And by “stuff” I mean piles.
Piles of paper, piles of kids’ items, piles of assorted kitchen clutter, and at this time of year, piles of new Christmas gifts and decorations waiting to be stored away.
Do you know what all of those piles are? They are the result of two little words that you have ingrained into your homemaking vocabulary. Two words that you must rid yourselves of if you want to bust up those piles. Those awful two words ladies are….
You know, “I’ll set this junk mail here for now.”
“I’ll place these toys and trinkets over there for now.”
“I don’t know what to do with all of this ______(you fill in the blank) so I’ll lay it here for now.”
Girlfriends, our “for nows” are ruining us! And do you realize that every pile is just a stack of unmade decisions?
Thus the piles of “for now”.
And our kiddos and husbands only add to our problem. You see most of us get frustrated with ourselves and fuss and fume at the dear members of our families, wanting them to stop creating clutter and get with the program.!
The problem, dear sisters, is we have no program in place to get with.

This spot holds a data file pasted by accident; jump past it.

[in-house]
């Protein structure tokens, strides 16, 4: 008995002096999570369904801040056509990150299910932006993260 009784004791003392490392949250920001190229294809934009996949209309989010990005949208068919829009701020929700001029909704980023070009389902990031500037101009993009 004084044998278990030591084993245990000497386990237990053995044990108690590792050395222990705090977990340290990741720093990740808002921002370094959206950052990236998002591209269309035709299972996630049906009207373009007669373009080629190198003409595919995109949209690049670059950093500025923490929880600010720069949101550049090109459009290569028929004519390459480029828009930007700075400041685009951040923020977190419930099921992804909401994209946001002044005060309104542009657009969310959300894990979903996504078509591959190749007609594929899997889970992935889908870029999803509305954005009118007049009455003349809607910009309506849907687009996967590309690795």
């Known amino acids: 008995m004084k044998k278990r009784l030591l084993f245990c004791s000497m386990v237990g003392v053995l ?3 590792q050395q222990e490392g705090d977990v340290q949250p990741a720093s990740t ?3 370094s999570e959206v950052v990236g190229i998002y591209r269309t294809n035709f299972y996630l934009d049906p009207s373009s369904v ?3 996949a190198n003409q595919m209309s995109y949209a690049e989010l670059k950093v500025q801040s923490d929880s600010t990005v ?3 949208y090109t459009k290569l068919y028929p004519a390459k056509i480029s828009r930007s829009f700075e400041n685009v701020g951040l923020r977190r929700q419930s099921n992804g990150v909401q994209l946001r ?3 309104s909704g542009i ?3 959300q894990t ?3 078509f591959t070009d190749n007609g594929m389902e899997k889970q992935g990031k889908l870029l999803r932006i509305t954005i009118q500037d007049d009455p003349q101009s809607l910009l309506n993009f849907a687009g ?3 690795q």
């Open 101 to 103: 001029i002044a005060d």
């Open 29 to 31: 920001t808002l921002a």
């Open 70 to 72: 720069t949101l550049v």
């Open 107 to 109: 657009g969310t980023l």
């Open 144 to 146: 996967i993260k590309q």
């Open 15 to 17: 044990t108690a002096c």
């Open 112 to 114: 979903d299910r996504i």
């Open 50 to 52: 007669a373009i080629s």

I hope this post can be your program.
For some of us the problem isn’t where to put the stuff. It is that we have too much stuff. So, first let’s learn to do a little dejunking, ridding ourselves of the unnecessary clutter. With what is left, we’ll find a place other than the dreaded culprit piles of “for now” where they currently lodge.
Make a vow that for the rest of Christmas break, you will devote a chunk of time each day to de-cluttering. The result? Less piles and more smiles. Here’s how:
First, you’ll need five boxes. (Or, if you are tackling a really big room or area, bins or laundry baskets.) They will hold items that you come across that belong somewhere other than where they are at the moment.
Label the first box Put Back. Inside of it place another small lidded container such as a shoe box or plastic tote. This box will be used to collect the items that are out of place in your home. The smaller container will hold items such as pens, pencils, barrettes, and coins so they don’t get lost in the bigger box.